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The The Boondocks - The Complete Second Season - animated DVD / children's and family DVD review
Not rated by the Motion Picture Association of America rating: 4 1/2 stars
Actors: Regina King, John Witherspoon, Gary Anthony Williams, Cedric Yarbrough, Jill Talley
Creator: Aaron McGruder   Distributor: Sony Pictures
DVD release: 10 June 2008   Feature runtime: 325 minutes
(3 discs)
Format: Box set, Color, DVD-Video, Widescreen, NTSC
DVD Features: Audio tracks (Dolby Digital Stereo 2.0 - English), Subtitles (English), Audio commentaries, Video introductions, Intro to "The Hunger Strike," Working on The Boondocks, Gary vs. Cedric, The Playas: Character Profiles

I fear I may be an interloper into the world of Aaron McGruder's The Boondocks; to be sure, that is why I was reluctant to review the second season. Most characters in the cartoon are black, and I'm as white as John Denver.

The Boondocks, for those who aren't in the know, is an anime-style cartoon about the Freeman family from the south side of Chicago, who move into the upscale suburb of Woodcrest: ten-year-old Huey, his eight-year-old brother Riley, and Granddad Robert.

Huey (Regina King) seems to be the calm, rational superego of the show. Look to him for an indication that things are about to go wrong. Riley (also voiced by Regina King) is a wannabe street thug. He's quick to follow the latest trend and as quick to latch onto rapper Thugnificent (Carl Jones) when he moves in across the street, though he tries to contain his eagerness. Granddad (John Witherspoon) lies somewhere between the two. He's quick to try to jump into a lawsuit when Riley is called the N-word by his teacher Joe Petto (Fred Willard), though Riley uses the word himself enough to desensitize Petto. Granddad knows when to pull the plug sooner than Riley, though not as soon as Huey.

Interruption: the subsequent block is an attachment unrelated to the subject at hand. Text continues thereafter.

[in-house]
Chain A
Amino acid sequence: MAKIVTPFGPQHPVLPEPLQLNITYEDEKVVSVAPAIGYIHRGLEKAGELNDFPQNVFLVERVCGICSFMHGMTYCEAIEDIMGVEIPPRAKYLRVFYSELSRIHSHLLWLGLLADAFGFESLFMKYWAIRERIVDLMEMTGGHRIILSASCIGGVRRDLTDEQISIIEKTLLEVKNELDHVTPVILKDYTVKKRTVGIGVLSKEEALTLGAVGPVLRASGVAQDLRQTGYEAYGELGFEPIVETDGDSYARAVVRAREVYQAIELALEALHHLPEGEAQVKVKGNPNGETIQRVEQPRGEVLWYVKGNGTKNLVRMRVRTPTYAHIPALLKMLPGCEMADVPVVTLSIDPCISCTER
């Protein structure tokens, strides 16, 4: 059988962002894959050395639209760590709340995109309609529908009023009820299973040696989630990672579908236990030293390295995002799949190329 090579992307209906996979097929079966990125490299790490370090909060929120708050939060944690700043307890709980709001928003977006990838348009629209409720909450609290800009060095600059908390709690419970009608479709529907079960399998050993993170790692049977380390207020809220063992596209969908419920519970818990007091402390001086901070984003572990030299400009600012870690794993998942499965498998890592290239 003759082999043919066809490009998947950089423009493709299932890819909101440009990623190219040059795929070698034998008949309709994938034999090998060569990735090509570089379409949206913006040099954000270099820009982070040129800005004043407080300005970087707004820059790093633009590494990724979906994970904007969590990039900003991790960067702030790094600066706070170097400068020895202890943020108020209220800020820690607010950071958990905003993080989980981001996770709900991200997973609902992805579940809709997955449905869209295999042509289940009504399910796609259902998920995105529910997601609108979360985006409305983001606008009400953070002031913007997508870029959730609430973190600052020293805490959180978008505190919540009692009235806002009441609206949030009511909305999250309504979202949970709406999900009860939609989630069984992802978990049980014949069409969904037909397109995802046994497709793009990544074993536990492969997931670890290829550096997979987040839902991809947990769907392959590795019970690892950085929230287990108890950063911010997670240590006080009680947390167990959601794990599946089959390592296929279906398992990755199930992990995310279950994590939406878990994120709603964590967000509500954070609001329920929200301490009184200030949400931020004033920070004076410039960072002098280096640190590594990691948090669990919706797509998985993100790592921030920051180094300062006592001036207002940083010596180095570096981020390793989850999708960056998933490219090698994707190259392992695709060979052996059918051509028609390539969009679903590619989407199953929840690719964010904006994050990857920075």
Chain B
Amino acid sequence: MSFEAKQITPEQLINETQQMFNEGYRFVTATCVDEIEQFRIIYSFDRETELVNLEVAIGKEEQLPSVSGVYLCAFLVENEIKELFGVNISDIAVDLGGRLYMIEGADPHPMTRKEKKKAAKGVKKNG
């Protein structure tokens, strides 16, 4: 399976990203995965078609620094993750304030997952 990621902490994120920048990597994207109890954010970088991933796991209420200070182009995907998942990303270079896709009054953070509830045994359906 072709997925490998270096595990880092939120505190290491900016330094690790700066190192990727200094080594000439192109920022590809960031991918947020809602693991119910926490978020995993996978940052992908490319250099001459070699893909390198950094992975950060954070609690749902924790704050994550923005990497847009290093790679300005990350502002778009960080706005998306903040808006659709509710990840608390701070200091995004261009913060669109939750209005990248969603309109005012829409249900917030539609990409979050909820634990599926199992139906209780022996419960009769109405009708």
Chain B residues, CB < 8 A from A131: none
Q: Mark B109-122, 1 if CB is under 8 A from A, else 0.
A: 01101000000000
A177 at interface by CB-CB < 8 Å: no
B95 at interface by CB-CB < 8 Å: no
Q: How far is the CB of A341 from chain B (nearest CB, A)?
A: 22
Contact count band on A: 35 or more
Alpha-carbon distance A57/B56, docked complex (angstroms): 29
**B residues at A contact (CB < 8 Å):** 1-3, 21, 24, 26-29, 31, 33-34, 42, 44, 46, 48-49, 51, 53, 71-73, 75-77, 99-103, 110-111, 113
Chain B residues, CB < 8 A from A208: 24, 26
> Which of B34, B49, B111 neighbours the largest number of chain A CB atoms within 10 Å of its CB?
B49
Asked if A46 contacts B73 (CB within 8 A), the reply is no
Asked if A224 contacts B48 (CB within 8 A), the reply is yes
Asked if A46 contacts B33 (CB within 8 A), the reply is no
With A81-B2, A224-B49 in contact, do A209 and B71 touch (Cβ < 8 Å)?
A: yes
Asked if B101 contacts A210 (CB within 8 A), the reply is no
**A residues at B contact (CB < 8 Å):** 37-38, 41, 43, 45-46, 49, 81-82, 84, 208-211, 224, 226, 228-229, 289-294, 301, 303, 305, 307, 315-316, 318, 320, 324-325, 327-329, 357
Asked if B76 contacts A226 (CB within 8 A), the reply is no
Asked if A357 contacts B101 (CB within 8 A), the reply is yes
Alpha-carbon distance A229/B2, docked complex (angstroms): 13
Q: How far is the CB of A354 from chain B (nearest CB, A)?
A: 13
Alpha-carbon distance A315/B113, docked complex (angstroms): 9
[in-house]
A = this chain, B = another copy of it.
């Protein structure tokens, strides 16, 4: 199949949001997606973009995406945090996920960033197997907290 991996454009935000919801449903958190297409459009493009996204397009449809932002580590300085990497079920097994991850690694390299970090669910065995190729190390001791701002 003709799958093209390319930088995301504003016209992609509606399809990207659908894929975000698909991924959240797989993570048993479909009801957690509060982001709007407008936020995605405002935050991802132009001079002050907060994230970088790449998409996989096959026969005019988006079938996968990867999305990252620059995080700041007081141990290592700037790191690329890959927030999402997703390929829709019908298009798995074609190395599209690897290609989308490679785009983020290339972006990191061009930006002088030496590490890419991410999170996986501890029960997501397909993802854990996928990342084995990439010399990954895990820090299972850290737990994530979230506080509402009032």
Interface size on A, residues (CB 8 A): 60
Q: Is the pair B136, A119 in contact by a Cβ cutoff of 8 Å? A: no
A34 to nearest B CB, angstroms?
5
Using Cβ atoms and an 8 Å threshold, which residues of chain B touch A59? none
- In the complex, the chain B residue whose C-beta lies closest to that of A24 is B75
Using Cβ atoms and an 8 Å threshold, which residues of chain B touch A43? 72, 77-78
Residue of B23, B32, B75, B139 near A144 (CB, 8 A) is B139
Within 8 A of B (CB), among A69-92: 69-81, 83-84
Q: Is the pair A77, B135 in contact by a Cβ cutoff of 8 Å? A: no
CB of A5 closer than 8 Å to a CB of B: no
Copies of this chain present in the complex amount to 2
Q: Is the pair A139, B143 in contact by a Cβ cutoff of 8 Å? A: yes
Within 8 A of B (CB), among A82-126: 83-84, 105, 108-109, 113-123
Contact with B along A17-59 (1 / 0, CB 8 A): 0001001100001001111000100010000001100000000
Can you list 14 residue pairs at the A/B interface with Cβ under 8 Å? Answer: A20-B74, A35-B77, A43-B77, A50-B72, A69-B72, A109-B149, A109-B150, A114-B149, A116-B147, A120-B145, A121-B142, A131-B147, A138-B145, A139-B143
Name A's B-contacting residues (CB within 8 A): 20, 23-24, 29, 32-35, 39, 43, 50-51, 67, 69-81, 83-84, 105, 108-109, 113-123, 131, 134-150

The Boondocks seems to occupy a universe similar to Bloom County (though in a more profane neighborhood), in that children sometimes call press conferences. Huey, at least, is smart and opinionated beyond his years, like the children and animals in Bloom County. Indeed, The Boondocks started as a comic strip. I think Huey might enjoy some time on a dandelion-covered hill with Opus and Binkley.

It seems no topic is too taboo to be covered. Cable channel BET is vilified in a few episodes, one of which has Huey on a hunger strike to draw attention to the way BET promotes the destruction of black people. On another episode, "The Uncle Ruckus Reality Show," BET gives neighborhood fixture Uncle Ruckus (Gary Anthony Williams) his own reality show. Ruckus is under the delusion that he's white but has the opposite skin condition plaguing Michael Jackson. He hates black people and has a Confederate flag hung proudly on his wall. When he finds out he's genetically 100-percent black, he quits all 32 of his jobs and does what his bigoted brain tells him black people do.

There is a fair amount of swearing in The Boondocks, so it's not for the kids. The N-word and every conceivable variation of it is bandied about willy-nilly (told you I was white), and more conventional expletives fly freely as well. There are bits of violence and bloodshed and a good amount of kung-fu action.

The Boondocks is a smart, irreverent, cartoon with biting satire and a good heart. It's worth picking up - even if you are white like me. If you're open to alternative cultures, give it a try. The Boondocks does not disappoint.
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reviewed by Eric Renshaw
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